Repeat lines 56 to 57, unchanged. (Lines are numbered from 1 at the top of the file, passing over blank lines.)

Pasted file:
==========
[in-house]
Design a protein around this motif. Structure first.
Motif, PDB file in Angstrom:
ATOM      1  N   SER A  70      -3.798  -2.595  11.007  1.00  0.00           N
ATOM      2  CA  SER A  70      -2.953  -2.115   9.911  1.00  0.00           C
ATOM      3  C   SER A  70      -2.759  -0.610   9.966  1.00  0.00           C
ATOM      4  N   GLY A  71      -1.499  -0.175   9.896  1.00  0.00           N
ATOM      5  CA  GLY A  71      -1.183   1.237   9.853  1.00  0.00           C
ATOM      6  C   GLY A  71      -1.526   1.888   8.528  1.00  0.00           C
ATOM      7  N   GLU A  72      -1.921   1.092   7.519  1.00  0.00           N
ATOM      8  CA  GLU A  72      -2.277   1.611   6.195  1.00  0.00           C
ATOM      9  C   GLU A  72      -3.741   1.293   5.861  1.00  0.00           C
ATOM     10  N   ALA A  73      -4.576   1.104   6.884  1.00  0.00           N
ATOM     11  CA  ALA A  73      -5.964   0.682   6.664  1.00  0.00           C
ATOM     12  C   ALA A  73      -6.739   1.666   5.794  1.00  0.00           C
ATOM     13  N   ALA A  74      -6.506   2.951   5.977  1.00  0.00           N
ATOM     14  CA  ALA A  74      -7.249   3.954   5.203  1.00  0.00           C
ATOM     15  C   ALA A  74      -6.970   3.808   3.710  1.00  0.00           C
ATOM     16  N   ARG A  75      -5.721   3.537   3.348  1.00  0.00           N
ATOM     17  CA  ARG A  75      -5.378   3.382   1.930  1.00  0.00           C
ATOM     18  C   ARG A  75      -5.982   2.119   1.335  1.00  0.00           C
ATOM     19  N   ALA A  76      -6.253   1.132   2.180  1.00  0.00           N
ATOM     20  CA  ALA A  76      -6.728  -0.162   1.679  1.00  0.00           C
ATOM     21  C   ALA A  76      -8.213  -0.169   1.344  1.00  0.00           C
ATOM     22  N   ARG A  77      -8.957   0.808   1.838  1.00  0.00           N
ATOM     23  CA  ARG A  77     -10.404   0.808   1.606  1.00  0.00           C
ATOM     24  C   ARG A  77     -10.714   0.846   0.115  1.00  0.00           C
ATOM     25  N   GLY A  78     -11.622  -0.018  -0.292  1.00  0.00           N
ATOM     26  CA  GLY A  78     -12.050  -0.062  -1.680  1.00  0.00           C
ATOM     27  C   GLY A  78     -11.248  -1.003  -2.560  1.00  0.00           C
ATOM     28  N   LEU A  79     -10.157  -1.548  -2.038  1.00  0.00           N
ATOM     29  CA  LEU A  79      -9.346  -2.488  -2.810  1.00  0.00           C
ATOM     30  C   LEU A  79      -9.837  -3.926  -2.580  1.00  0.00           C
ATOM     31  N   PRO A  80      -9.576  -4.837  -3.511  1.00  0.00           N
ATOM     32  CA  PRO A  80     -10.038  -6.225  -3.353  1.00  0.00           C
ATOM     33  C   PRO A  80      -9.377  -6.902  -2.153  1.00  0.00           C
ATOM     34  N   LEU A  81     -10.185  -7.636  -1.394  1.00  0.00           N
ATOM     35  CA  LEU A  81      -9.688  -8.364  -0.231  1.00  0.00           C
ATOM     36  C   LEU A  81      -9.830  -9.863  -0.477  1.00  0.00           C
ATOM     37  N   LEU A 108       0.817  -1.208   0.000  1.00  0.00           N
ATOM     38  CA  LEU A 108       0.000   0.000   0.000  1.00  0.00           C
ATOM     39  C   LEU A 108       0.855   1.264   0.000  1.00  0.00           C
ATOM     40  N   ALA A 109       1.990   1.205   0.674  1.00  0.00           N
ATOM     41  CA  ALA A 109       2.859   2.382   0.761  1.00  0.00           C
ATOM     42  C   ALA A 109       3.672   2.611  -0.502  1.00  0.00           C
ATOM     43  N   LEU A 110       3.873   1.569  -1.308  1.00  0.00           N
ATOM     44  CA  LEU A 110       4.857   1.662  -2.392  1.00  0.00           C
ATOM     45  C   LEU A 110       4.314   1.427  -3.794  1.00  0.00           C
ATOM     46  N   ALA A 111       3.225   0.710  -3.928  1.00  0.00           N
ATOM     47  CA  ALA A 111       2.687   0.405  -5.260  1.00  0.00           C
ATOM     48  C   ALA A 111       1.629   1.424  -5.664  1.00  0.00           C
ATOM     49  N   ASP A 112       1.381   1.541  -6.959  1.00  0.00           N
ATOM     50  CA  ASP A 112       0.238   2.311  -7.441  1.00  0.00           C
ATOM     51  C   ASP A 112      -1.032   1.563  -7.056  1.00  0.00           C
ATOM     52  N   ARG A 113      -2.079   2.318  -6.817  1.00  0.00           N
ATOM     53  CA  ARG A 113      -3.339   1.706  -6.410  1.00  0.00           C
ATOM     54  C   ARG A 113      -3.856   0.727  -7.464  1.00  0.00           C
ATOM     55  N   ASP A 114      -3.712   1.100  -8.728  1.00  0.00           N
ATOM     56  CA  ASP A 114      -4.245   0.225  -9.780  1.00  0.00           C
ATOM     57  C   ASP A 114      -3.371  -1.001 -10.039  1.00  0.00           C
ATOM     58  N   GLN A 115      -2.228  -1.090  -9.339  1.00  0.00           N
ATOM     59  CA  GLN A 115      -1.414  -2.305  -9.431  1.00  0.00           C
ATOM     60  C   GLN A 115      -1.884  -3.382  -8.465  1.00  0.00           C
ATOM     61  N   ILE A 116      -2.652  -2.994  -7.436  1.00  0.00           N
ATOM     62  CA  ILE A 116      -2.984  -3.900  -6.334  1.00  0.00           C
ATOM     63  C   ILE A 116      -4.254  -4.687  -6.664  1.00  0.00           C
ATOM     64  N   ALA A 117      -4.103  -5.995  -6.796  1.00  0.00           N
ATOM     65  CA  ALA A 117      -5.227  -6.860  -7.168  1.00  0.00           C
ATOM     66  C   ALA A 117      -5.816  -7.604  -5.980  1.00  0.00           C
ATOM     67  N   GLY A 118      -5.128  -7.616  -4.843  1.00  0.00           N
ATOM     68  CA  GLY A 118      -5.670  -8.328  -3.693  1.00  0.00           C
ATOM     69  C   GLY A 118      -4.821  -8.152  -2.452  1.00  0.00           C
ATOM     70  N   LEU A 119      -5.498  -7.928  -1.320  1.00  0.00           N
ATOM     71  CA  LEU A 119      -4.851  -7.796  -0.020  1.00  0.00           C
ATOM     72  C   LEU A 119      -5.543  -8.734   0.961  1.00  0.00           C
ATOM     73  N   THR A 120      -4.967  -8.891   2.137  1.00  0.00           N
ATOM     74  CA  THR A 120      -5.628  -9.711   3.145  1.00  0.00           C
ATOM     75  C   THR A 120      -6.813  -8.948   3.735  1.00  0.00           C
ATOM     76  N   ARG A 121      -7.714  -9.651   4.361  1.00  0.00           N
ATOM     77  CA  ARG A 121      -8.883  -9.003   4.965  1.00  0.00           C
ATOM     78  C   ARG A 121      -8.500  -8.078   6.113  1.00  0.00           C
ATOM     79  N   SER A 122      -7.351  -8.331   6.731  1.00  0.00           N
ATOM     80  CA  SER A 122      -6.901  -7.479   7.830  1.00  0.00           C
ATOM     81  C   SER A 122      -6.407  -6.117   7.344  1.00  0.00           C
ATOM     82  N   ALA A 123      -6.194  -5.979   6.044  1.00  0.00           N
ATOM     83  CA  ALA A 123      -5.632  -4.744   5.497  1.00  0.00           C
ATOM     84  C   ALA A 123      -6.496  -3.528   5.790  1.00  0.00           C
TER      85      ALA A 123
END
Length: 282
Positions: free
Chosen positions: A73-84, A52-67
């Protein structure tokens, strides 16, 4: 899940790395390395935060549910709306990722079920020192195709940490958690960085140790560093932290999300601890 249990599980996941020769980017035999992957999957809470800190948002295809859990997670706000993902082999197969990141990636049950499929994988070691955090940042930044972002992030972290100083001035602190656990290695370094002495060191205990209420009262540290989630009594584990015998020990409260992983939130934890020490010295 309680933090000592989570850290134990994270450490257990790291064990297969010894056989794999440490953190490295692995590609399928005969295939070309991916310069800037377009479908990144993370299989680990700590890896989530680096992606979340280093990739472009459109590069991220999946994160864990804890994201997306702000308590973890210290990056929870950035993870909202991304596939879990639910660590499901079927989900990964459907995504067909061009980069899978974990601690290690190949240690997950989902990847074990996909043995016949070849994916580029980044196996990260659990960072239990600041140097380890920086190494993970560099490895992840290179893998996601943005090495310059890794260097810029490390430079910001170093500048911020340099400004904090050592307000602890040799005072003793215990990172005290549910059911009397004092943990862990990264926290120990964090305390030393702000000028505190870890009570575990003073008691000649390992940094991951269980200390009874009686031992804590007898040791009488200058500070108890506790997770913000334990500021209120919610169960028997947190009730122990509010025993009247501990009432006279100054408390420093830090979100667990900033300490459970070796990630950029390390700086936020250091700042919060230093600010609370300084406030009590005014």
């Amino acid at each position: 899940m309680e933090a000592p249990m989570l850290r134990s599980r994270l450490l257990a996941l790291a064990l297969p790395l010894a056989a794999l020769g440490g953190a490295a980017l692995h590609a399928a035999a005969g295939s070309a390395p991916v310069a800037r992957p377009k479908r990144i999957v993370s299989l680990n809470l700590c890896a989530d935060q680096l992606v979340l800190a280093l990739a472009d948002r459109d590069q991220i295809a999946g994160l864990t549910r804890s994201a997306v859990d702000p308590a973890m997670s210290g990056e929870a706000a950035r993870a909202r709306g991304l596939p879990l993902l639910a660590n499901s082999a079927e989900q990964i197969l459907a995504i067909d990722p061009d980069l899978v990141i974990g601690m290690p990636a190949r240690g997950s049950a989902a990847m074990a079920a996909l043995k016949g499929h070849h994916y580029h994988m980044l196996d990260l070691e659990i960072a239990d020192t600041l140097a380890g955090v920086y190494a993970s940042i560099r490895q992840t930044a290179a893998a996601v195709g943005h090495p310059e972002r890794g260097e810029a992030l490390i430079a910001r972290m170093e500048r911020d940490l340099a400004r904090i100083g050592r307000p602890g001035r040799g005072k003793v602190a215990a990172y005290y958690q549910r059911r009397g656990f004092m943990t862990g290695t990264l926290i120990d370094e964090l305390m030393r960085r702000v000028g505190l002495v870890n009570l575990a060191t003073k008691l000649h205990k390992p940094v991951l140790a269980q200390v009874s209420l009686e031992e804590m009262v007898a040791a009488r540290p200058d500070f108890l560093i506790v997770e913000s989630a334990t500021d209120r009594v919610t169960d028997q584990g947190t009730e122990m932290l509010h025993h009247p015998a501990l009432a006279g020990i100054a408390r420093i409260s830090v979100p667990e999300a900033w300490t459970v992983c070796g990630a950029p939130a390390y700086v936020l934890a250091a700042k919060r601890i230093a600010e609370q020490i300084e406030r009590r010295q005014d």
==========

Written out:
ATOM     53  CA  ARG A 113      -3.339   1.706  -6.410  1.00  0.00           C
ATOM     54  C   ARG A 113      -3.856   0.727  -7.464  1.00  0.00           C